The Federal Commercial Crime Investigation Department (CCID) director Comm Datuk Mohd Kamarudin Md Din warned of a new tactic by scammers designed to steal money from victims’ bank accounts. Scammers are now able to hack into a victim’s phone after gaining access through an APK file downloaded by victims who “purchased” items online.
According to Datuk Mohd Kamarudin, the syndicate used Facebook to advertise items for sale, as well as TV streaming services. The victims would then contact the syndicate through WhatsApp. After agreeing on an offer, the victim would be given an APK file and asked to download the application.
After downloading the dodgy app, the victims would be asked to register their details before they can use the app. The information that was asked included their name, IC number, email, and even their credit card number. Upon filling in the information, a “page error” would be shown.
This would give the scammers the opportunity to move the victim’s money to their own accounts. The victims would only realise anything after checking their bank balance.
“With enough information, the scammers can transfer money from the buyer’s account without their knowledge. So far, five cases have been detected, with losses amounting to RM58,844,” said Datuk Mohd Kamarudin.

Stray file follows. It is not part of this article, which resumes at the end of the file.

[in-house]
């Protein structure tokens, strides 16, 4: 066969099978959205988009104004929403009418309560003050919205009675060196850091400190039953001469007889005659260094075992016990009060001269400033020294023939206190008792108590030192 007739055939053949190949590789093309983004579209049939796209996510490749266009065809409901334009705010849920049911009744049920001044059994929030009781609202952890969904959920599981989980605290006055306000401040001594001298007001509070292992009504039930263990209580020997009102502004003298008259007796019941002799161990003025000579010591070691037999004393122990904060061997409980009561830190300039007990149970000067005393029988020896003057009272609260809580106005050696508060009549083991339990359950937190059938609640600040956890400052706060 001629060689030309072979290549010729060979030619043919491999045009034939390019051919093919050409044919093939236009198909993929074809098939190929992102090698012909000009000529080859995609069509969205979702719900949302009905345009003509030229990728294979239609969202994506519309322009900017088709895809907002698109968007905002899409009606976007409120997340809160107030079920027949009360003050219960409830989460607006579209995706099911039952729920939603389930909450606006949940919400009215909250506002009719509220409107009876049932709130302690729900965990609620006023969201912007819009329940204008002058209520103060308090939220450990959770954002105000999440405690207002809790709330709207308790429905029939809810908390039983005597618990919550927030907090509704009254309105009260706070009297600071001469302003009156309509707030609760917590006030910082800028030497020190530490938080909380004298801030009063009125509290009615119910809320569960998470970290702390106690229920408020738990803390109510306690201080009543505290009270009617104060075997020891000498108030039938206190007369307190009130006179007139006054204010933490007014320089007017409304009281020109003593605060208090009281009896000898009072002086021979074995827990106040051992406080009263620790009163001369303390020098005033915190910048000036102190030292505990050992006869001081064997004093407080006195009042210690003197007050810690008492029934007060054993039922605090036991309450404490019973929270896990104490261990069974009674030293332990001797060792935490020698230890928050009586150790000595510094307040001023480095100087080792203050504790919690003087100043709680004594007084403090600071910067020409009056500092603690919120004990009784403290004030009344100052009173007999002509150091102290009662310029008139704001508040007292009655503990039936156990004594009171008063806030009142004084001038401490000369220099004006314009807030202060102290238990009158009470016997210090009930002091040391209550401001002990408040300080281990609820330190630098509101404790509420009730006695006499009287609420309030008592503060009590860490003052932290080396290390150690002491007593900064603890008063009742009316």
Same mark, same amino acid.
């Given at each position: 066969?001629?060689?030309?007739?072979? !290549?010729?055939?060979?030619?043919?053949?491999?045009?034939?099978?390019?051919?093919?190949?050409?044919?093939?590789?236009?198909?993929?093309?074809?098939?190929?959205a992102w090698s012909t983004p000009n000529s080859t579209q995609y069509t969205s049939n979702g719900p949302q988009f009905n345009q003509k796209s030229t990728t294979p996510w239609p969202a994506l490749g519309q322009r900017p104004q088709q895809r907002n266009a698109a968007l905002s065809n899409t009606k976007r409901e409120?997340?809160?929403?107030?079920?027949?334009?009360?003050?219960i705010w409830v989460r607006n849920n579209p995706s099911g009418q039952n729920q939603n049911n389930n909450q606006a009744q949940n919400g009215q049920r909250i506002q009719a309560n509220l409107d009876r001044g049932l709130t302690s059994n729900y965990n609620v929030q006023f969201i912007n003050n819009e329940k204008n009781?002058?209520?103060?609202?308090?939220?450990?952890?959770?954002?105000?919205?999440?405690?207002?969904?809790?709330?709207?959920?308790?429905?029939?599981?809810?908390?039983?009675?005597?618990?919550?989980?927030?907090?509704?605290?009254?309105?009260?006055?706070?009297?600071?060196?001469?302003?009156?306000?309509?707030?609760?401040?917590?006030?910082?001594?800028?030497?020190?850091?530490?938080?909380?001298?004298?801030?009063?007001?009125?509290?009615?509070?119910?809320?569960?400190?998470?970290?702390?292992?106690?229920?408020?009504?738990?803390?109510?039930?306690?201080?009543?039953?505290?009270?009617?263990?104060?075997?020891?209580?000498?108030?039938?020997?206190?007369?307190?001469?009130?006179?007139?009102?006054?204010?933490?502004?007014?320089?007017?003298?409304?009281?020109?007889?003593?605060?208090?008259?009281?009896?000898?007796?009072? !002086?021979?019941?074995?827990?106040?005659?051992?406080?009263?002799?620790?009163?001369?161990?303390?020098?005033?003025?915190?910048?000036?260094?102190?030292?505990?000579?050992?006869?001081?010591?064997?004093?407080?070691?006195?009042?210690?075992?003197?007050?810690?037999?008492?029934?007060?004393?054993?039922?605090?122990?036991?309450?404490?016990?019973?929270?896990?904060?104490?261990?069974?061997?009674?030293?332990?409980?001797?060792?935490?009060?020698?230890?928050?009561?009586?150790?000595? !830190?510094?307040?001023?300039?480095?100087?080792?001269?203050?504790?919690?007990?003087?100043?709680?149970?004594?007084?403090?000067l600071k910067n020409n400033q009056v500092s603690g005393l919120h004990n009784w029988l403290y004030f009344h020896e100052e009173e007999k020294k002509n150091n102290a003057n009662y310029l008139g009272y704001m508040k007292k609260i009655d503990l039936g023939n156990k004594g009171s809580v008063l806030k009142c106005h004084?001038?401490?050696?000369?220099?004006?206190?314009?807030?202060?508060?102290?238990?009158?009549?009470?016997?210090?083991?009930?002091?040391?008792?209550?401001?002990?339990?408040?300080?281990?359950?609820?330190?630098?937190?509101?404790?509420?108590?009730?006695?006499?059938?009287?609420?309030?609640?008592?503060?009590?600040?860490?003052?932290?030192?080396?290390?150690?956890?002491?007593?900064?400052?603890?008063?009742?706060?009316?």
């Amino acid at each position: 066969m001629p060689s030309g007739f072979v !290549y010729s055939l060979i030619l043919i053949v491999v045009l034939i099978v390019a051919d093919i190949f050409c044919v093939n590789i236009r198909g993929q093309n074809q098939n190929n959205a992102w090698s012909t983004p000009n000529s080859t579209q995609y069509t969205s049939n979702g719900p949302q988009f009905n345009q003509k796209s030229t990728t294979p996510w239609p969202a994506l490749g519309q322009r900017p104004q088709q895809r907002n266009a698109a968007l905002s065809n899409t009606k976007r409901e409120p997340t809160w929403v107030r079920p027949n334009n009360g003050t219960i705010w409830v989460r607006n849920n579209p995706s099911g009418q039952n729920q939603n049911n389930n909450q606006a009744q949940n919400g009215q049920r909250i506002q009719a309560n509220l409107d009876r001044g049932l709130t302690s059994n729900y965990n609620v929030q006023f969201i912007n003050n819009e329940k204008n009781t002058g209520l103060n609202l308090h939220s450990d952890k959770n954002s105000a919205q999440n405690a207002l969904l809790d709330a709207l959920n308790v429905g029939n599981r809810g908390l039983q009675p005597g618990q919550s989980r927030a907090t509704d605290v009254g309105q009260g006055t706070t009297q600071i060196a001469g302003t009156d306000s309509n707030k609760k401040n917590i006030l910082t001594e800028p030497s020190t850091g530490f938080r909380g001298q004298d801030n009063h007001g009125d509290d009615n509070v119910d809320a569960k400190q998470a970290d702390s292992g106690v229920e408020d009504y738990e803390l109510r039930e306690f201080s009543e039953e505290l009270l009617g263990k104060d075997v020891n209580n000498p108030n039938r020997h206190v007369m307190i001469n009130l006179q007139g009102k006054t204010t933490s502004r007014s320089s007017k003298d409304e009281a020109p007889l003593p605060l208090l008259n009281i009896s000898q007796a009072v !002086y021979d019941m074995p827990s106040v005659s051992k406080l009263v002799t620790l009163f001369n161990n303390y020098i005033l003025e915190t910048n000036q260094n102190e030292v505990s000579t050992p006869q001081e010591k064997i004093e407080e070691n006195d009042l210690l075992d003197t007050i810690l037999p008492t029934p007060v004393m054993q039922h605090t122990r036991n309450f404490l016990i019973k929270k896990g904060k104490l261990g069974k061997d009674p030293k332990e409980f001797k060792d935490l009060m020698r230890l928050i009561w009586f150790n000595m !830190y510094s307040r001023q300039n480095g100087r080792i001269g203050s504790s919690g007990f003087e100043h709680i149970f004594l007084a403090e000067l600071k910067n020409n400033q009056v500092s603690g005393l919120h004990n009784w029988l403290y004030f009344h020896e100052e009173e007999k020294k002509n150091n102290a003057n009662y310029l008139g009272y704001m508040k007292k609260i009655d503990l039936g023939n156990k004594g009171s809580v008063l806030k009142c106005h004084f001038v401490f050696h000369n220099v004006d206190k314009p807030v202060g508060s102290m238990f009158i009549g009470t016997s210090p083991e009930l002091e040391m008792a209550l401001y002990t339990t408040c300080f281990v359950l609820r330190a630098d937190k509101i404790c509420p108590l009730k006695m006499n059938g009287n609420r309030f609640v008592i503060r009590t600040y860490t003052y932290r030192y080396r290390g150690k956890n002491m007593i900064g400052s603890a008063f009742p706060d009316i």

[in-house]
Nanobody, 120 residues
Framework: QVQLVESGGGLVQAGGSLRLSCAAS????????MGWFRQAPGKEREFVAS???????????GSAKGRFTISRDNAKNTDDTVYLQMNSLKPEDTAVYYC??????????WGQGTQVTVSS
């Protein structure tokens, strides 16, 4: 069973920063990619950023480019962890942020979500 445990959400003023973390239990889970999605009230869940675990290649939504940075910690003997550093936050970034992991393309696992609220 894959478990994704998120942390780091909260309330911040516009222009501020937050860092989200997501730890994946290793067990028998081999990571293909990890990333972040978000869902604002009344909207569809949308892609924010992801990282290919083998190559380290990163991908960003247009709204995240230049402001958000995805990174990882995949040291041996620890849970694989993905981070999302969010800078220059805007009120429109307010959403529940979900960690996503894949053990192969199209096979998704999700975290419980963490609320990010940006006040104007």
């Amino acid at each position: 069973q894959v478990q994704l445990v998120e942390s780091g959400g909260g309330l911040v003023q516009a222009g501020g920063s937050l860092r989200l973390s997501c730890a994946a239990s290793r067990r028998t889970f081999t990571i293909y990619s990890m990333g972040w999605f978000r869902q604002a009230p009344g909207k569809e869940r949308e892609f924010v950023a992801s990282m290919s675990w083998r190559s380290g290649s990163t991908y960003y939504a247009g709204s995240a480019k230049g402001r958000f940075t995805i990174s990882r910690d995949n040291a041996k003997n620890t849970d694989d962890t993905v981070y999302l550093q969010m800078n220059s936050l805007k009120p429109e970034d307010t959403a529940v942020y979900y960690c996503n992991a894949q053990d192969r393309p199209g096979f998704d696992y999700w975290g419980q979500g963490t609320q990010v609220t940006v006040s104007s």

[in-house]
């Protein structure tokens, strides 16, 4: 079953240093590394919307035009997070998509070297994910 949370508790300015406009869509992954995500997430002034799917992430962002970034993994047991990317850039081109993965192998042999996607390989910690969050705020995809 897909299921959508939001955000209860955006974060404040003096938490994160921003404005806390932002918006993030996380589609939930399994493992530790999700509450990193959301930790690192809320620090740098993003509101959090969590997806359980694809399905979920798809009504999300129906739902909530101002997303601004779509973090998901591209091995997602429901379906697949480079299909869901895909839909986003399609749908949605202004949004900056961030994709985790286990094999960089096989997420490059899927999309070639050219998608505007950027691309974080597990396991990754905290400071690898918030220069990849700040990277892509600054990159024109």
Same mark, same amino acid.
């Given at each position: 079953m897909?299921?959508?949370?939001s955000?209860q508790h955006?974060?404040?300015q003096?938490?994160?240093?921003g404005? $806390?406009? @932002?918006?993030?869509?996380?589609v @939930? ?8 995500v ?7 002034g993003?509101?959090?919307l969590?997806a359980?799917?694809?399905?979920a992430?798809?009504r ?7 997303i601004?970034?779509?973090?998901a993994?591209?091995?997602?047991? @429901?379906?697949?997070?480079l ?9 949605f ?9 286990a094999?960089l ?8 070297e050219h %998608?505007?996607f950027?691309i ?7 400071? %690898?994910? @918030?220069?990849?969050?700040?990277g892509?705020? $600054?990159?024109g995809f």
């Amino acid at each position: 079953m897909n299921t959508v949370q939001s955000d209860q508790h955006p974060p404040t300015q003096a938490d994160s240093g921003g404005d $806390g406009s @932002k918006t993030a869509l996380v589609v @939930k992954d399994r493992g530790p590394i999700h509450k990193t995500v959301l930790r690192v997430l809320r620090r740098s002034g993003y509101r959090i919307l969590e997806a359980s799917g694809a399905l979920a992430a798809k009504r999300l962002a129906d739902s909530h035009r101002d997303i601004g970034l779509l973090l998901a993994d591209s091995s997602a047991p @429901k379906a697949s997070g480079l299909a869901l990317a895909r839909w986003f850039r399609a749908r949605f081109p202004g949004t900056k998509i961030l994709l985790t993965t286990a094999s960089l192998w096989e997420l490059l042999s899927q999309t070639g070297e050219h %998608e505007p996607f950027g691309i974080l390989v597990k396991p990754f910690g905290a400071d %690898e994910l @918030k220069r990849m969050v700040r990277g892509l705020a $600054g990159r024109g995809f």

Three of the cases were detected in Johor, and one each reported in Penang and Sabah. Datuk Mohd Kamarudin advised the public not to download APK files sent to their mobile phones by unknown people.
With more malware scams reported recently, Maybank has been posting quite a few educational posts on social media. They’ve added things people should be wary of. This includes download links from unknown sources to install a third-party app, when your phone warns you that you would be downloading a malicious app, if it’s suggested that iOS users use an Android to use the app, when an app asks you for permission to be the default SMS app, and if the app asks you to fill in your bank log in details.
For added security, install anti-virus/anti-malware software in your devices and keep them up-to-date so you can be alerted of any suspicious activities on your devices. And if you need specific help trying to figure out the kinds of scams out there, Maybank has a pretty helpful rundown on malware and other things you should know about when it comes to security awareness.